In a letter to the editor, Bayonne resident Peter Franco says that a new parking ordinance introduced by the city council earlier this month would raise more questions than answers.
At the April Bayonne city council meeting, our city council unanimously passed an
ordinance (O-10) that would restrict new residents in new redevelopment properties
from being entitled to receive on-street parking permits.
I believe this ordinance has a few problems.
Number one, it seems discriminatory as a city we are saying “Come Live Here, just don’t park here.” There may be ways to cheat the system as these new residents may be able to register their vehicle at another address or even apply for a guest pass for their vehicles.
It also creates a problem for developers. If a building is at capacity with parking, owners will have to turn away prospective tenants that have more than one vehicle, leaving a would-be rented apartment vacant until a tenant with one vehicle comes along.
Other questions remain such as, are the owners of the new development or property
management going to document the vehicles parking on their facilities and willingly
share that information with the city?
Can the city legally demand that information? May this be a violation of the Equal Protection Clause under the US Constitution? There are many unanswered questions here for an ordinance which 5 members voted for and is now city law.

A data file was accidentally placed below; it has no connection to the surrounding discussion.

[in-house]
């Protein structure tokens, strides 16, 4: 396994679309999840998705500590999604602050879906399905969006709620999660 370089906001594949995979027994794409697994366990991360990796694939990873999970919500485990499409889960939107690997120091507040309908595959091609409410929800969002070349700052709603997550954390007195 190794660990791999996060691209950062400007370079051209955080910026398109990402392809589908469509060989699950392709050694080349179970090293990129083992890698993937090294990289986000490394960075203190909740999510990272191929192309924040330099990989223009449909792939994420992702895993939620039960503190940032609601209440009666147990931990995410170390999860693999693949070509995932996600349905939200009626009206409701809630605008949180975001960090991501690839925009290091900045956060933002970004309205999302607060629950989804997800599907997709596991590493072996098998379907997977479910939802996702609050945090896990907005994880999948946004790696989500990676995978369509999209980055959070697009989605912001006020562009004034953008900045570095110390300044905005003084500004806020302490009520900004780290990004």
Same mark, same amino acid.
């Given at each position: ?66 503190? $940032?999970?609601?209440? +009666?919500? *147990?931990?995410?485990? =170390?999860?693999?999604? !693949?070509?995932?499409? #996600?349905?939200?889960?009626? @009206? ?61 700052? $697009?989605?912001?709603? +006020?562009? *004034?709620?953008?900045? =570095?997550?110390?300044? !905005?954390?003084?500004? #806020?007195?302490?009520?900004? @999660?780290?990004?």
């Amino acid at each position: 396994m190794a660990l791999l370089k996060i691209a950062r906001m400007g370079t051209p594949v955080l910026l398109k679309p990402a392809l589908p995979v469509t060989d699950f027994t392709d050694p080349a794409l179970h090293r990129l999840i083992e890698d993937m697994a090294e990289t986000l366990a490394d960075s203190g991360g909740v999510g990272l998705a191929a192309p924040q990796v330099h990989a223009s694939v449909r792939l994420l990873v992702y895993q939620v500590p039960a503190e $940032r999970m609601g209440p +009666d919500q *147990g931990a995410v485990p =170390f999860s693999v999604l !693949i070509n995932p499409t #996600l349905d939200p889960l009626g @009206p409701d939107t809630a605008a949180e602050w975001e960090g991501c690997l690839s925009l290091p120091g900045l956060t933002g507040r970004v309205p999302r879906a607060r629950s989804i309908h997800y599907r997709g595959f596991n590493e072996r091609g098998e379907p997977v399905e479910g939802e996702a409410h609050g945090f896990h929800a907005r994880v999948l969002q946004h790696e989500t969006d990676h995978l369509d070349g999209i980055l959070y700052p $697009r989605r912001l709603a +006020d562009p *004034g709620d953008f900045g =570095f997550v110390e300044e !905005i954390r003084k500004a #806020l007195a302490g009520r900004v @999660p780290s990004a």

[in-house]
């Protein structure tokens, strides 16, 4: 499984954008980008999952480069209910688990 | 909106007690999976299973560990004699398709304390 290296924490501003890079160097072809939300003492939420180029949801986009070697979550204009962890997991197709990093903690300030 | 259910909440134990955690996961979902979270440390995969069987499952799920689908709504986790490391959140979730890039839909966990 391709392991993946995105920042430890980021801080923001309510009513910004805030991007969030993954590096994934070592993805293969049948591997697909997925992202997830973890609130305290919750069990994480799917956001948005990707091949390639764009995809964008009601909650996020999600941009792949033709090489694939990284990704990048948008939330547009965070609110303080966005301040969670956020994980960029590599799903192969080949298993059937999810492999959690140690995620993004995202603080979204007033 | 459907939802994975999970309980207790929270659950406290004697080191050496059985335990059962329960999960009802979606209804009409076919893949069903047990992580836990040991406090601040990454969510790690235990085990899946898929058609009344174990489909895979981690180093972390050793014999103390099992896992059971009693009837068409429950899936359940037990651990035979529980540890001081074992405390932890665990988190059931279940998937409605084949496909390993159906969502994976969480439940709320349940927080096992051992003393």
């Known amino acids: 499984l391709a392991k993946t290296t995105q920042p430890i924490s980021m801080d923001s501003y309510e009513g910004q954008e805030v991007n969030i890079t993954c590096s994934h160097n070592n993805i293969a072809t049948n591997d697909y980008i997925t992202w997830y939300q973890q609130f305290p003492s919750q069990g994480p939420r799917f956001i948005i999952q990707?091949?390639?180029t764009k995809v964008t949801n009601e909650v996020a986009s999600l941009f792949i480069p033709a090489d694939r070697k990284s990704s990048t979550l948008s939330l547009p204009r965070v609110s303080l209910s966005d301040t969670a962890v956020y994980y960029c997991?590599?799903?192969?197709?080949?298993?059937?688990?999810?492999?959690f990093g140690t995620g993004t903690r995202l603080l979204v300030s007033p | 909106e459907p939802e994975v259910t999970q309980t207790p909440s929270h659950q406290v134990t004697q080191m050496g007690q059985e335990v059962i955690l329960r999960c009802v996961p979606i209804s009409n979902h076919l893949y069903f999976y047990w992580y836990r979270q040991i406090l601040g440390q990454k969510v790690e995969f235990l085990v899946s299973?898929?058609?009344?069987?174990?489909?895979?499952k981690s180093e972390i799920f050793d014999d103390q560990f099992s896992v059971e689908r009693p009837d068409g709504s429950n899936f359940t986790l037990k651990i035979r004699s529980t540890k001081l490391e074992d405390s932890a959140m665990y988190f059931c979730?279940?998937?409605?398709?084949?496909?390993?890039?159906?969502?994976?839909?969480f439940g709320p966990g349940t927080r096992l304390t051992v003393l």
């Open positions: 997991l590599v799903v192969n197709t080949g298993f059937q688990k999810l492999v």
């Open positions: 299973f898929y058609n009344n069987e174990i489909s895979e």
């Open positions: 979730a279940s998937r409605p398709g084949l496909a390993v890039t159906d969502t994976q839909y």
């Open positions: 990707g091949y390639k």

A solution does not create more problems and this ordinance does. I believe there’s a
better approach to take that will eliminate the potential problems with this ordinance and
help burdened neighborhoods already suffering from a lack of parking.
We start by shredding O-10 and by revising the local ordinance to increase the on-street parking requirement on all new high-rise apartment buildings to a ratio of to 2 parking spaces per unit.
Right now, the state’s ratios on high rise buildings are as followed:1 Bedroom/ 0.82,
space, 2 Bedroom/ 1.3 spaces, 3 Bedroom/ 1.9 spaces.
The city has its own ordinance where the requirement is less than the state in two key areas and makes the parking problem worse: 1 Bedroom/ 1 space, 2 Bedroom/ 1.25 spaces, 3 Bedroom/ 1.5 spaces.
By proactively increasing the ratio requirement to 2 parking spaces per unit, our city
would essentially create private parking for public use.
Every new resident could have access to on-street parking, and we eliminate any potential for abuse of the current system.
This change would not hamper developers either as they can still apply for a parking variance and the planning board would ultimately decide to approve the request.
I plan to introduce this new ordinance to our governing body by next month’s scheduled city council meeting and hope we can make this idea a new law.